And finally I said what the heck, right? Like I love the product. I love everything that you’re about. Talk about a mission driven business. I decided to make the move to become the chief growth officer here at the Mossy exchange a year ago. So that’s a, a shortened version of my history and how I got here.
It’s a great story. And when I think about your path, it was very like, it was almost very organic, like a natural. And as you, I feel like all of us, we, you know, we grow through our careers. And for yourself, this was a bit of a pivot of sorts. And for others. And the reason why I bring that up is because for others that are watching, like, there’s a lot you can do exact, we’re going to go further into the conversation, but you don’t have to think just about like, Making a complete career change, but within your departments, within your companies, within your teams, within your households, like some of the ideas that we’re going to talk about, like they’re, they’re important.
Right. Exactly. Well, let’s let’s get further. I do want to talk about the book a little bit. Come on, let’s have some fun there. So become a full time feminist and change the world. So I’ll read some of the headings just for the, for the audience and for everybody listening and watching, just know we’re not going to hit.
every point. We still want you to buy by the book, but we’re going to give you a good flavor for what was written. So for, for necessary changes to business environments never judge a book by its cover, create a safe place for all employees, activate allies, find your own voice. How my career path in sales led me to the Moxie Exchange and I picked sales and leadership for a few reasons.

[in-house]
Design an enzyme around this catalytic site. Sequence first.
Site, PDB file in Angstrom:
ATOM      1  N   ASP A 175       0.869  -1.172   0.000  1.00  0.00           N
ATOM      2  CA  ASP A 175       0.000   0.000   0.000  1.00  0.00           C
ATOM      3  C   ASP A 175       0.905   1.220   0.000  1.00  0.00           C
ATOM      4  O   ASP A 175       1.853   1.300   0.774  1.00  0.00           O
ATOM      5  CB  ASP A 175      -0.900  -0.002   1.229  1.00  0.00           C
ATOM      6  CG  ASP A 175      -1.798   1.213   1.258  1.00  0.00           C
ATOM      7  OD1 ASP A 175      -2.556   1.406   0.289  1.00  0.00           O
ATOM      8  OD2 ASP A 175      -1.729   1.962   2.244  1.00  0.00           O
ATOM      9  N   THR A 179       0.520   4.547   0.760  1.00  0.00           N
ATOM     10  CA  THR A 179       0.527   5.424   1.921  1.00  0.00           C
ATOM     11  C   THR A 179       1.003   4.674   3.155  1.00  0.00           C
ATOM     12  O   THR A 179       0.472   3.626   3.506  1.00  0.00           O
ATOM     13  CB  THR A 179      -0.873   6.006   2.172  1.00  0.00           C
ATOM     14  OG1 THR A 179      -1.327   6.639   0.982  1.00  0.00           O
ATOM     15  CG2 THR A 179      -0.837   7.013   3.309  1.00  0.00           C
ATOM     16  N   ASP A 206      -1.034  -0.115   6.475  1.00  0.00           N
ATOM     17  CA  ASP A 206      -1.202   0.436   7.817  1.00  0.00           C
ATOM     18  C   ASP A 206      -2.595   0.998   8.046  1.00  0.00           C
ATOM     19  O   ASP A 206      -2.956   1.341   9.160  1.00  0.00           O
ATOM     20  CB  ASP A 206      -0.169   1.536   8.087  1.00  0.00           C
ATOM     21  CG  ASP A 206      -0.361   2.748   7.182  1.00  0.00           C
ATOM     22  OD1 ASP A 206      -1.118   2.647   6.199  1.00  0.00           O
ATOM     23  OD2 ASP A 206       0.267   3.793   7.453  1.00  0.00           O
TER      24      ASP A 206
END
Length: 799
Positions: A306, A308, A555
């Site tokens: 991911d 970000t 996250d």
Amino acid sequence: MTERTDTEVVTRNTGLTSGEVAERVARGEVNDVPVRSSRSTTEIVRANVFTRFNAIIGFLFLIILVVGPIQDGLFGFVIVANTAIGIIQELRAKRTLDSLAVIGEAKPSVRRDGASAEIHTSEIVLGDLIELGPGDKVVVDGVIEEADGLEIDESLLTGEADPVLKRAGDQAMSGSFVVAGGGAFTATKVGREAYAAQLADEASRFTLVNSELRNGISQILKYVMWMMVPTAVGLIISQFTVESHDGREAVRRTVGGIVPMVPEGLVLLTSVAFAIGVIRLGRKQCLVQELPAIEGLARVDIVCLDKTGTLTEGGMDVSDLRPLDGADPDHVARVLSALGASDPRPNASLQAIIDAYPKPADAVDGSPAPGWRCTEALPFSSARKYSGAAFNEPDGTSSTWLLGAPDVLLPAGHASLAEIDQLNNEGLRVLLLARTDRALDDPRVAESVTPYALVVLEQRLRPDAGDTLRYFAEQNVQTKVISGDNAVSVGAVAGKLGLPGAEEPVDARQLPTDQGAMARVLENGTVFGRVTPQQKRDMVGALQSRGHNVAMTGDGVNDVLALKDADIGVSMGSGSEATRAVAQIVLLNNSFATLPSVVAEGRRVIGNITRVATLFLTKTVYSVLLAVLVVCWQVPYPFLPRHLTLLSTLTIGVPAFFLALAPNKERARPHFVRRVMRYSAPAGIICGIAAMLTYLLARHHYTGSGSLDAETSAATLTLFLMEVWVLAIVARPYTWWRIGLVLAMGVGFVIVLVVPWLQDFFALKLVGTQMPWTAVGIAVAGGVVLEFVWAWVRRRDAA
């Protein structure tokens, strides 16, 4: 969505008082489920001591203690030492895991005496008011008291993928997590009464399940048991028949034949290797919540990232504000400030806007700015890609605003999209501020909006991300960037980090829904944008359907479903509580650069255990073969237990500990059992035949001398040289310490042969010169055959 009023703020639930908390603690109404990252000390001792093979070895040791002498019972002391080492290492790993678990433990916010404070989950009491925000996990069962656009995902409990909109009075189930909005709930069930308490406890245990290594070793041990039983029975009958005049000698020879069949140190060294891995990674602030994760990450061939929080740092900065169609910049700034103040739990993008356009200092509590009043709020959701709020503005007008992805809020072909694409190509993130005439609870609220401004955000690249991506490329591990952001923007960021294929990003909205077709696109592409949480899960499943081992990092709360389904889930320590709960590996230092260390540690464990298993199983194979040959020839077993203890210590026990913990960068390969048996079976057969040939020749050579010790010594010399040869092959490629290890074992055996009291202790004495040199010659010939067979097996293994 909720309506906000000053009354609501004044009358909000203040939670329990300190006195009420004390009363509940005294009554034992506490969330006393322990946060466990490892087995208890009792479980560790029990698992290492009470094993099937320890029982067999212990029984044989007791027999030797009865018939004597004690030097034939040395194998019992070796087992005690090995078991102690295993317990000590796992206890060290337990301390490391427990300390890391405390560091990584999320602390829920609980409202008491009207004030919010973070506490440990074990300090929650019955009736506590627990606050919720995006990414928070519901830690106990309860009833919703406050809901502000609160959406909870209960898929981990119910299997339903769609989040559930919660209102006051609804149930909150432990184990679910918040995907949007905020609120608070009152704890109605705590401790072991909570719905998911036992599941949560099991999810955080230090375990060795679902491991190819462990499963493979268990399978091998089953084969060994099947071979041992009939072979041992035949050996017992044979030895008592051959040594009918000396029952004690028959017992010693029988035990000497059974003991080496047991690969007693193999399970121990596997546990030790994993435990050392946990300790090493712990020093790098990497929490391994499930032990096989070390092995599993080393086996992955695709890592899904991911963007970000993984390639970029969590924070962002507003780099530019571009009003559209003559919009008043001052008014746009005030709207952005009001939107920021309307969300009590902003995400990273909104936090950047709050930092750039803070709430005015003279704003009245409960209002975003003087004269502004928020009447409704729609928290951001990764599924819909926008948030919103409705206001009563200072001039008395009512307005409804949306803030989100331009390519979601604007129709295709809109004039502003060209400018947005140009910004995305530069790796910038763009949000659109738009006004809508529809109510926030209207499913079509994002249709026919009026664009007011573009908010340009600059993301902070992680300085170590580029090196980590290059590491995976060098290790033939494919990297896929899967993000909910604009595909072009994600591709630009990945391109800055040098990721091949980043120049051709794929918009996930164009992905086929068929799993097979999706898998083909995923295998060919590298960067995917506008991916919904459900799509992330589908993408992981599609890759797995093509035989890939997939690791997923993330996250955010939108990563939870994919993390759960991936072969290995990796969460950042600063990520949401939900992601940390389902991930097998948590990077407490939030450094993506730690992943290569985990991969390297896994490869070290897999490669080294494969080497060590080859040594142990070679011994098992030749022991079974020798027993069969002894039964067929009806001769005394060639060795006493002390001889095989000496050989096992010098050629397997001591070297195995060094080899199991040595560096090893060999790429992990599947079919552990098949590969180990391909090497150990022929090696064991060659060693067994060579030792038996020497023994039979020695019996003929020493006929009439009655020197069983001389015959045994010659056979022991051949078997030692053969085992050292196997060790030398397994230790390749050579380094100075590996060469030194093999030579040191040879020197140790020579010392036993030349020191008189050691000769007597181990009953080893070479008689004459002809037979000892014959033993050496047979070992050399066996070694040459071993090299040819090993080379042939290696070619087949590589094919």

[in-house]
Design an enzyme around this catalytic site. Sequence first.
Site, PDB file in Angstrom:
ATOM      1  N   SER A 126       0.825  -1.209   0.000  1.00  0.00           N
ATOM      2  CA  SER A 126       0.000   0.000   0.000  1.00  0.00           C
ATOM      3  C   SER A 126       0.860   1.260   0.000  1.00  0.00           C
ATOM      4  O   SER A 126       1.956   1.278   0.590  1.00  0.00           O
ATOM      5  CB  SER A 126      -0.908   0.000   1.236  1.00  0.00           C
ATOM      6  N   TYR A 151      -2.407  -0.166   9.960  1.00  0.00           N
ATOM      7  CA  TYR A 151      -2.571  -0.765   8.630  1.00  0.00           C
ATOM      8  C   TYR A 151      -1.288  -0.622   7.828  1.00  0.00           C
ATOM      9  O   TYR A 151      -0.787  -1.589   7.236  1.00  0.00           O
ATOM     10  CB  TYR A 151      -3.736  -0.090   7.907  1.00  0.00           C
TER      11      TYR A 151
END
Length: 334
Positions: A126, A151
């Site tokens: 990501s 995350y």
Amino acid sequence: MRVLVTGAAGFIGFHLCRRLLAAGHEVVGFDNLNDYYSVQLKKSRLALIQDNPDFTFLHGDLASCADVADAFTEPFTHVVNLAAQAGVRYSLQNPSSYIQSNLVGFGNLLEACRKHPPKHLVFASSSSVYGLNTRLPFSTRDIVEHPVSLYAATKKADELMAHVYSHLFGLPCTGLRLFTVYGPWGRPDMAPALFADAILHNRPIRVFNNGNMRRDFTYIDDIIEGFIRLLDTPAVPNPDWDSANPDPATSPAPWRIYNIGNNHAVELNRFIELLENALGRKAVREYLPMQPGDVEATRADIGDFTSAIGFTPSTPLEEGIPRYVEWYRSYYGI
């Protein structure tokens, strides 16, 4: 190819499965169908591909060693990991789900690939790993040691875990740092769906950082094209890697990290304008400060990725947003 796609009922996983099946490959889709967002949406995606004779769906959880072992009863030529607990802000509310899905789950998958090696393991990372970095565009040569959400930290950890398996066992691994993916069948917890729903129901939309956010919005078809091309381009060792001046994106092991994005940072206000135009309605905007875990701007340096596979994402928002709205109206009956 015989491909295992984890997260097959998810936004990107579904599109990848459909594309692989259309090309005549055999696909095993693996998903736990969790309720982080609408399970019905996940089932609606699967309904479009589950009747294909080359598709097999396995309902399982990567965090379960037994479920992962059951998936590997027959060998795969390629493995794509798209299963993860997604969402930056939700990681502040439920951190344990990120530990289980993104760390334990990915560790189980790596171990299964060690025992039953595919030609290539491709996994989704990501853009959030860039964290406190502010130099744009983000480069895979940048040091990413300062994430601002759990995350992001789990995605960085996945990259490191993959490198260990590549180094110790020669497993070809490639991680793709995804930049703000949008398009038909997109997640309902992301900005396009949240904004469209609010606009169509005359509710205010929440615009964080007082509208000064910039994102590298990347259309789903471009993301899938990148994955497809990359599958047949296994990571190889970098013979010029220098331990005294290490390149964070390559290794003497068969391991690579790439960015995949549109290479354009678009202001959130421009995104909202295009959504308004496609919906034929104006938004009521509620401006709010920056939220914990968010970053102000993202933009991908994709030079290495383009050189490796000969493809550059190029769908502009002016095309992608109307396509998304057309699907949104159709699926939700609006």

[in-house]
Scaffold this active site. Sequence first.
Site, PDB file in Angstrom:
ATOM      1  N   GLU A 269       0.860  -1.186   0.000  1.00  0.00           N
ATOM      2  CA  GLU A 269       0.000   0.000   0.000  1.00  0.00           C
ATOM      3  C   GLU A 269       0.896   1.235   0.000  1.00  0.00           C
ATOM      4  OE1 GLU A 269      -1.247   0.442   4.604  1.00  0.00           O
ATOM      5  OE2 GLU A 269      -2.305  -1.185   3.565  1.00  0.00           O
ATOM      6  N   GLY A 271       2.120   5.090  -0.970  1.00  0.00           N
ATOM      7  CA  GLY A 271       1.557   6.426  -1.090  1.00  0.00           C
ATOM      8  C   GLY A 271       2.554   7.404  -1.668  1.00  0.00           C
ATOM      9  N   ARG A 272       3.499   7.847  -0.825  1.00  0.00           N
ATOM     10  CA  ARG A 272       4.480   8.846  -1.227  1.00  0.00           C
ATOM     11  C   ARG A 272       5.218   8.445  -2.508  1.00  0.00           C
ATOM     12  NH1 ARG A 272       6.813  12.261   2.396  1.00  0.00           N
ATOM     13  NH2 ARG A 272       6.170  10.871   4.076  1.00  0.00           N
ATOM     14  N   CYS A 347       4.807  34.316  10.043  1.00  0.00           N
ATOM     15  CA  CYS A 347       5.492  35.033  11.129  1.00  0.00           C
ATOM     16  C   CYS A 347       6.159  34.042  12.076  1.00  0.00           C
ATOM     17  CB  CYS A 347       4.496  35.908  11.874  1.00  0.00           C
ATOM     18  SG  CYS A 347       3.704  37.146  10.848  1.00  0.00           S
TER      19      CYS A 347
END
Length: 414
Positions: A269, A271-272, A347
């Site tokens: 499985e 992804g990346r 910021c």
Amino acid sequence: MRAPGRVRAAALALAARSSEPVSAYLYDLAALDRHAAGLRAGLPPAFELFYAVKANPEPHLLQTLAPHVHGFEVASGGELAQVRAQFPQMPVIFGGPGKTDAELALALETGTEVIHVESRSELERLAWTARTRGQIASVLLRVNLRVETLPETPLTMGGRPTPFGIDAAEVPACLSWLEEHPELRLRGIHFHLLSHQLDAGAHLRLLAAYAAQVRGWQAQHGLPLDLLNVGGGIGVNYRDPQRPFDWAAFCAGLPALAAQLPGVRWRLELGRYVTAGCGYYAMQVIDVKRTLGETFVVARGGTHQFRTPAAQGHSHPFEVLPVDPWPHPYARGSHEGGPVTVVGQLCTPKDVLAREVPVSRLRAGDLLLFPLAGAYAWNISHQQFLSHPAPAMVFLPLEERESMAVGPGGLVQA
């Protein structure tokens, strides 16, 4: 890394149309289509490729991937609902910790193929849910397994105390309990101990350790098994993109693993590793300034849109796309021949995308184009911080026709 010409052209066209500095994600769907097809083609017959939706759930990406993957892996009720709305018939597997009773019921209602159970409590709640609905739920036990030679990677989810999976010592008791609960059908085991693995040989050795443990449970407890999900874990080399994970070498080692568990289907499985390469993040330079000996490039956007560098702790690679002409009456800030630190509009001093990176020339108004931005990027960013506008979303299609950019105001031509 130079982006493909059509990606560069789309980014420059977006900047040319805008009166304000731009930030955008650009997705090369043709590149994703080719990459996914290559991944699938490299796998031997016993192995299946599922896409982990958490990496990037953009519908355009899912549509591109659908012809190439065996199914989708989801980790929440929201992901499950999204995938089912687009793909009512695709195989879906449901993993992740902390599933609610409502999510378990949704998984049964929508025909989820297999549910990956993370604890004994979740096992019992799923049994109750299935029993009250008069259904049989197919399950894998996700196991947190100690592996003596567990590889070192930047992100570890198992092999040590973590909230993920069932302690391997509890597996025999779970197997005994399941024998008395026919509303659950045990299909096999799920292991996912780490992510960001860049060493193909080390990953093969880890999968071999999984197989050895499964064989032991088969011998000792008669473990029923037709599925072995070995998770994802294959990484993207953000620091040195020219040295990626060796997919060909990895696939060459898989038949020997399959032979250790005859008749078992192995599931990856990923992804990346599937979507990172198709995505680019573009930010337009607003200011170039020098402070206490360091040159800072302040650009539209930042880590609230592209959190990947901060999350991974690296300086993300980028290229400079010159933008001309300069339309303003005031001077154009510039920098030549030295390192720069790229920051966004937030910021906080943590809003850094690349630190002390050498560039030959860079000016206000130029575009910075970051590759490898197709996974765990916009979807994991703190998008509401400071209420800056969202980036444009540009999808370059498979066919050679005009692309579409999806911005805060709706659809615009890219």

So first off, a lot of different routes you could have went that you could have went with your writing and in this particular book. Why this? Why now? Hmm. So there’s one thing that we believe here at the Moxie Exchange through everyday inclusion is to call people into the space, not call them out.
And so you have to be super intentional with the language that you’re using to to create that safe space. And so I, right, I’m a woman in, in coming from technology, those are traditionally not very well represented, but I have a lot of privilege in my life. And so my call to action really is for women to take charge and to drive representation, which will then lead to representation for traditionally marginalized individuals.